Caffeine
Most of the energy we get from energy drinks comes from good old caffeine. The amount contained in each beverage varies greatly – from 80 milligrams in an 8.4-ounce Red Bull to a whopping 357 milligrams in a 16-ounce Bang energy drink — according to the Center for Science in the Public Interest. Compare that to 35 milligrams in a 12-ounce Coke or 330 milligrams in a regular 16-ounce Starbucks coffee.

Ginseng
Ginseng is a species of slow-growing perennial plants found in North America and eastern Asia. There’s no evidence that the herb does anything to boost energy, and it’s actually been shown to decrease exercise endurance. Since it also lowers blood sugar, people who takes diabetes medications should avoid consuming energy drinks with ginseng.

Sugar
Some energy drinks contain more than 60 grams of sugar — or 15 1/2 teaspoons’ worth — per 16-ounce can. That can easily stack up to 250 calories per can, about as much as a 20-ounce bottle of cola. The sugar in energy drinks causes blood sugar and insulin spikes, which later results in a “crash-like” feeling.

Tuarine
Taurine is an amino acid that may help boost athletic performance and metabolism. Studies have suggested that it may also have antioxidant properties. Taurine is generally considered safe in doses of up to 3,000 mg a day.

Glucuronolactone
A naturally-occurring chemical produced by the body, glucuronolactone is a common ingredient in energy drinks, but its actual energy effects remain unknown. In one study, glucuronolactone extended the amount of time that test animals were able to swim by more than other substances that were tested.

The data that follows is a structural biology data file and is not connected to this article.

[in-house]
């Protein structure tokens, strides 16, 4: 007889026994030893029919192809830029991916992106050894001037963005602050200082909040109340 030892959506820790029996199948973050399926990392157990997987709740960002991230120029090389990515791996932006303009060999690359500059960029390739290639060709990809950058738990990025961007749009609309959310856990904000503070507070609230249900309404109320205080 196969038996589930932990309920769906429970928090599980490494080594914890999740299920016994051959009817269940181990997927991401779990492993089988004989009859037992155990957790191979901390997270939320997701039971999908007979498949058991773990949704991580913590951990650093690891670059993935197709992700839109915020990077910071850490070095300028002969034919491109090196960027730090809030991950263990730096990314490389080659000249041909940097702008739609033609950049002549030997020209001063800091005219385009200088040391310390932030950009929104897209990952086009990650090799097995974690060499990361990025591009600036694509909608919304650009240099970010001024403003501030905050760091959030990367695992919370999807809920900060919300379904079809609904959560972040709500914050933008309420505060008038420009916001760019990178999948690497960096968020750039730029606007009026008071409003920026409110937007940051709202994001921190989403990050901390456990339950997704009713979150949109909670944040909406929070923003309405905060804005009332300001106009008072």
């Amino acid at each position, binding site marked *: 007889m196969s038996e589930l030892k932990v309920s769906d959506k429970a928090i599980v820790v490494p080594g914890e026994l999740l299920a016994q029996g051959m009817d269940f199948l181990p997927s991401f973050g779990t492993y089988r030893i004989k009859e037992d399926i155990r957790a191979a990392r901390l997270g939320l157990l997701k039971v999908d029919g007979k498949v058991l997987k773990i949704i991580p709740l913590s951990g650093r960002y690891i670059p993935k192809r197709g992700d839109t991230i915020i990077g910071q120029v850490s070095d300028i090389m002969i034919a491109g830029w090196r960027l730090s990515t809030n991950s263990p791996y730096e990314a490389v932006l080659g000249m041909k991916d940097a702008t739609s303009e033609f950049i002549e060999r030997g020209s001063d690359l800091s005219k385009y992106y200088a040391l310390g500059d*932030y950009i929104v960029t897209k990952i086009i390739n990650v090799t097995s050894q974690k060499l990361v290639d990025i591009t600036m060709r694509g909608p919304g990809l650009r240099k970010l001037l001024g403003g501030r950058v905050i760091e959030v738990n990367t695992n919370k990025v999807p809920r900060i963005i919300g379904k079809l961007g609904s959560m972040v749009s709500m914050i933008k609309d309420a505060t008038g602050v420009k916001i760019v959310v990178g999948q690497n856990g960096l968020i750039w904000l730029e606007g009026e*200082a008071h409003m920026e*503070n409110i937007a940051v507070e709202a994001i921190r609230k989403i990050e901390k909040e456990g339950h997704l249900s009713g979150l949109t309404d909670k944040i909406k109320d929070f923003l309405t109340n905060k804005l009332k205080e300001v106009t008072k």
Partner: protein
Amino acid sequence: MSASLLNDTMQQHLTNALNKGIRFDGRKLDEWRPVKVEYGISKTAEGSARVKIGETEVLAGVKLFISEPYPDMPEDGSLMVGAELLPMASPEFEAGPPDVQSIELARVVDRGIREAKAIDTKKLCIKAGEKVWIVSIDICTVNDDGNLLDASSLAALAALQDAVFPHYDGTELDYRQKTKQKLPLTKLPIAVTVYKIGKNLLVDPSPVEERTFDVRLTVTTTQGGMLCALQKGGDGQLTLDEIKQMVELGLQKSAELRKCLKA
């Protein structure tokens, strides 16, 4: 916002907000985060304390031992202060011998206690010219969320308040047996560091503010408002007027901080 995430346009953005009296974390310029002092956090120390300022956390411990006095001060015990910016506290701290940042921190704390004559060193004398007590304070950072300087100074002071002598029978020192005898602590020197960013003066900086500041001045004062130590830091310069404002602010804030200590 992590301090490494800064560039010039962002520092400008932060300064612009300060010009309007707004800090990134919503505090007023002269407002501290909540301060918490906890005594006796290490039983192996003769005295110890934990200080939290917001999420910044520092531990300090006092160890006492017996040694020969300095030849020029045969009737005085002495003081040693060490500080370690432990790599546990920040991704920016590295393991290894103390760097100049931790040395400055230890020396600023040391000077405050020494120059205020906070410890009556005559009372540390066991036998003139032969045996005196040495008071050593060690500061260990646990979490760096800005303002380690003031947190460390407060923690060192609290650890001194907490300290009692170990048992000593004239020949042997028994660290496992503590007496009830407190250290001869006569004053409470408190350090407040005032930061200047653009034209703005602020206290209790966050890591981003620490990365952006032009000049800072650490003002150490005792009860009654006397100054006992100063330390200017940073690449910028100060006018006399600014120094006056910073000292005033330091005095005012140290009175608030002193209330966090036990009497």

Green Tea Extract
Used to deliver a kick without the jolt, green tea extract delivers small amounts of caffeine. While studies confirm that it’s a source of cancer fighting antioxidants, there’s not enough research to back up claims that it can lower blood pressure or help with weight loss.

So what’s the verdict? Energy drinks may give you wings, but they contain ingredients which haven’t been adequately studied and may affect the body in unknown ways. There’s just not enough evidence yet to say for certain whether or not the beverages are bad for you.

In the meantime, grab an old-fashioned cup of coffee when you need a lift. Better yet, try a nap or getting enough sleep at night to begin with. Not only does sleep promote energy naturally, but it helps heal your heart and blood vessels.

Source: Huffington Post

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Ray Simon

Posted by Ray Simon

Ray Simon is a veteran copywriter with more than a decade's worth of experience in the field. He studied journalism at Vanderbilt University, graduating Cum Lade in 2007. Ray currently specializes in writing content and news articles for independent publications.

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